Wholeness is a familiar theme in the world of psychotherapy today. Its echoes reach far into the past, to the philosophers of old whose sense of core meaning at the heart of all existence was the unity within the multiplicity and diversity of its parts.
In engaging the theme of wholeness, psychotherapy also focuses on multiplicity, the multiplicity of parts within the person who cannot yet find, or cannot yet maintain, a sense of unity as a person. Without this sense of unity personal life moves towards its own fragmentation and dissolution. With it personal life opens to its own possibilities and to a sense of meaning and wholeness.
Psychosynthesis practises a therapy of wholeness, a wholeness rooted in the person’s essential being, which is not yet fully realised. This essential being gives unity and coher ence to all that a person is and all that a person can become and is the innermost core of the person. To live in relation to this central core of one’s being is the heartland of psychosynthesis practice. To guide the client to connect with it and express it is a central focus of its therapy.
Roberto Assagioli (1888-1974) formulated his idea of psychosynthesis as a psychotherapy of life. He assumed, however, a philosophical stance in focussing on the unity of the self as the central core of the person. (1) As a contemporary of Freud and Jung he was well schooled in the psychology of psychoanalysis. His own contribution was not a rejection but a further development of his psychoanalytic training. With the methods and insights of the new psychological sciences he explored the domain of ‘supercon scious’ (spiritual, transpersonal) experience. For the most part this had been relegated to the wisdom literature of the ages: literary, philosophical and religious. It was shunned by the new psychological sciences. By ‘superconscious’ he indicated experiences outside or above the norm of our ordinary conscious experience. (2) These experiences were typically moments of sudden insight and intuition, moments in which transpersonal qualities of life were experienced, moments of receptive inspiration and aspiration. Such moments were common experiences and were all documented throughout human his tory. (3). For Assagioli, as for Maslow, they were evidence of the higher reaches of possibility in the self-actualisation process. It was the duty of psychologists, he thought, to explore these facts of human experience in addition to the facts of the repressed unconscious. Indeed, he thought, the expression of human ideals in life was the outcome of our ability to integrate these experiences. The psychological task he set himself, then, was to explore the dynamics of the conscious “I” as it relates to and integrates its own ego development as a person. He then related this level of self-realisation to the dynam ics of transpersonal life. The reality of that life opened a way for the personal “I” to journey towards its deeper transpersonal centre which he called the Higher Self. The Higher Self is the unifying centre and organising principle of the individual soul/psyche. In itself it opens to a further level of alignment with the Supreme Reality, God. But this further level was, for Assagioli, beyond the scope of psychology and science. “Of this,” he writes, “I am unable to speak; it is outside the confines of science and psychology. However, psychosynthesis can help to approach it and to reach the very threshold.” (4)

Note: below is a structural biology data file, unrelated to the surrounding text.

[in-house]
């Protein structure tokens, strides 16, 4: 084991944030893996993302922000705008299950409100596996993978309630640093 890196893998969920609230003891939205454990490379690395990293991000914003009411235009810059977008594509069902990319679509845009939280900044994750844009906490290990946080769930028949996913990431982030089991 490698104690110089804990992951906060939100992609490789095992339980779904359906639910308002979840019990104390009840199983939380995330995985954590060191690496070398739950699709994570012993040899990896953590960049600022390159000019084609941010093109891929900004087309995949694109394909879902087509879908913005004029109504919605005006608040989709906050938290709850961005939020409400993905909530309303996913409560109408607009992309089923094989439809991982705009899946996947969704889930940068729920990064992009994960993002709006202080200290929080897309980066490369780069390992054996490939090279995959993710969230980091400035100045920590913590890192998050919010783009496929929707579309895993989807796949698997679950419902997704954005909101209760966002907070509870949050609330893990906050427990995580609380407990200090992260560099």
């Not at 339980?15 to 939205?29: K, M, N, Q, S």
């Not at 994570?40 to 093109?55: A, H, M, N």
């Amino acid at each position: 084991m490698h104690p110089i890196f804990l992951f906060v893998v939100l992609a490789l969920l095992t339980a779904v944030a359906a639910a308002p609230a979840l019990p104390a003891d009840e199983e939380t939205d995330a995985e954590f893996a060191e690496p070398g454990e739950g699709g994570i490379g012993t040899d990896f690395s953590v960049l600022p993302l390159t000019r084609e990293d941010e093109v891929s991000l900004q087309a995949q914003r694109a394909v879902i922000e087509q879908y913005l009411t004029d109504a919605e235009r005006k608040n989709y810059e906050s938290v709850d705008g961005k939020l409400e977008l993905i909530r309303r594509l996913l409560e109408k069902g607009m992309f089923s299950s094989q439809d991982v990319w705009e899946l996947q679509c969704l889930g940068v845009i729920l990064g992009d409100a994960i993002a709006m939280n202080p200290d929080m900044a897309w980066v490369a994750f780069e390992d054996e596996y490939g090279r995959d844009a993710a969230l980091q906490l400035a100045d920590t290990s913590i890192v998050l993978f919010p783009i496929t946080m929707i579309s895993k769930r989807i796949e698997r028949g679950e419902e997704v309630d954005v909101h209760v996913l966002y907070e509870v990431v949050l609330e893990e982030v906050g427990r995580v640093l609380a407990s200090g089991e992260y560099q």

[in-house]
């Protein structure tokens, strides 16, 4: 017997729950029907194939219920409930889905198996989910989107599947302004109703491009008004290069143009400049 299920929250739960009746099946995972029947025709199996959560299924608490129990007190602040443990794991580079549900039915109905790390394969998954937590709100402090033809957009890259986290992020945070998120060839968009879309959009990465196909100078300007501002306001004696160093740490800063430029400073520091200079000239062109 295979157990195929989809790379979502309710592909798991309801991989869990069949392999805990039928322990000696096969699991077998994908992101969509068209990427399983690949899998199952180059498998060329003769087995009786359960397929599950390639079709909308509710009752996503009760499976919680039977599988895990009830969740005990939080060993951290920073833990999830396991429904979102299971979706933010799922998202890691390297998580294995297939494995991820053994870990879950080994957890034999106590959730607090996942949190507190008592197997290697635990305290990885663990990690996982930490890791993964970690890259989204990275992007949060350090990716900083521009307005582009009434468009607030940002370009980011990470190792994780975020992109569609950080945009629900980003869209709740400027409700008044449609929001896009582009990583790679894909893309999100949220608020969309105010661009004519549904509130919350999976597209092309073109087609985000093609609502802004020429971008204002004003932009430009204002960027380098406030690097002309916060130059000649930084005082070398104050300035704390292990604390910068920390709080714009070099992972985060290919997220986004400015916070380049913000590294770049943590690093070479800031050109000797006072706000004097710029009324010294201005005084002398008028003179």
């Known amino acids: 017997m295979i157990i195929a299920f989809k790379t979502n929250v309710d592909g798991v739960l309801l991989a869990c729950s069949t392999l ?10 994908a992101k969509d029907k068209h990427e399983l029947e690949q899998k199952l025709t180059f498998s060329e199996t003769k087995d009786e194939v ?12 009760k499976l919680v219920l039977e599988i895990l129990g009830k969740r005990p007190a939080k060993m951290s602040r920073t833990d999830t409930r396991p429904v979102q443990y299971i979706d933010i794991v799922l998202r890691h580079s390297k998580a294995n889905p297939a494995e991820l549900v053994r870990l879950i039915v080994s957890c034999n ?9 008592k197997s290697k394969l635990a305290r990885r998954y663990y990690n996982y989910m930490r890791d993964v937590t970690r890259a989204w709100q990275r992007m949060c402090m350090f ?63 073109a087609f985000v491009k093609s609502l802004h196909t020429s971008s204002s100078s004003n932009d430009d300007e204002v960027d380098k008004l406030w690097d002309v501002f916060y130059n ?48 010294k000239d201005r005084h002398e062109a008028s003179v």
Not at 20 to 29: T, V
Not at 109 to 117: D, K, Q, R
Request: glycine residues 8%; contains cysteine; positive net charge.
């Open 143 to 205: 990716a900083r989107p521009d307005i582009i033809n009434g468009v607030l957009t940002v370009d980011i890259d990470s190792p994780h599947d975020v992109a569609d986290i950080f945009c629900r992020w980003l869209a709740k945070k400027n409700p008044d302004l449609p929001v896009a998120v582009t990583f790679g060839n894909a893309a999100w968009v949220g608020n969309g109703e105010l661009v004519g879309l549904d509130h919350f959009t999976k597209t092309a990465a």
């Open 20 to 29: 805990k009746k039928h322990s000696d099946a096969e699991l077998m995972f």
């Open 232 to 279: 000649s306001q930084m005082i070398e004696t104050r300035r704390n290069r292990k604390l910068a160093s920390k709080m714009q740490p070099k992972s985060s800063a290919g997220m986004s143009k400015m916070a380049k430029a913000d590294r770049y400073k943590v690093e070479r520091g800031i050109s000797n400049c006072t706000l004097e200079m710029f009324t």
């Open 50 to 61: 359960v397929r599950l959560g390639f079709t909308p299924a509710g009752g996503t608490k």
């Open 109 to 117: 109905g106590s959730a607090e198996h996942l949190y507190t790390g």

Psychosynthesis: Practice and Therapy
Psychosynthesis, then, refers primarily to the practice of the the whole self as the core reality of life. There are two focal points in this practice around which the stages of self- realisation unfold. The first is the conscious self. Here issues of personal development and the experience of inner freedom to express oneself effectively in the environment of one’s life are the primary concern. At this level practice of the self involves the conscious “I”, synthesising or unifying its fragmented self-experience occasioned by early stage developmental processes. The second focal point is the unfolding of the unconscious, transpersonal or Higher Self. Here, through practice, the conscious “I” is drawn into deeper relationship with its emerging inner essence. The unity of the whole psyche is the unconscious ground of this whole process. It is the ground of healing and wholeness in the respective levels of the self-realisation process. The role of therapy in psychosynthesis is to facilitate this practice of the whole self in accordance with the level of its unfolding process. The form of therapy appropriate at each stage of the process will be different. For the therapist a clearly understood distinction between these two levels is essential. At the level of personal life the process of the conscious “I” concerns the achievement of a sense of personal identity and its efficacy in one’s actual life. This dynamic is self-reflective, and is concerned with organising and managing life within the context of an adequate and effective sense of self. But at the transpersonal level the dynamic is fundamentally receptive. It is the practice of ‘allowing’, ‘letting be’ and ‘let ting go’ to the deeper self.
This receptive energy cannot be mastered or achieved by the conscious “I” though the latter is dynamically set to try to achieve it! However, it does not preclude the attempt by the personal “I” to include more spiritual, idealistic values in everyday living. As personal accomplishments, however, they belong at the level of personal achievement and do not as such pertain to the dynamics of transpersonal self-realisation. Lack of clarity about this distinction leads to distortion both in therapy and in self-practice and becomes yet another psychological block in the self-realisation process. (5)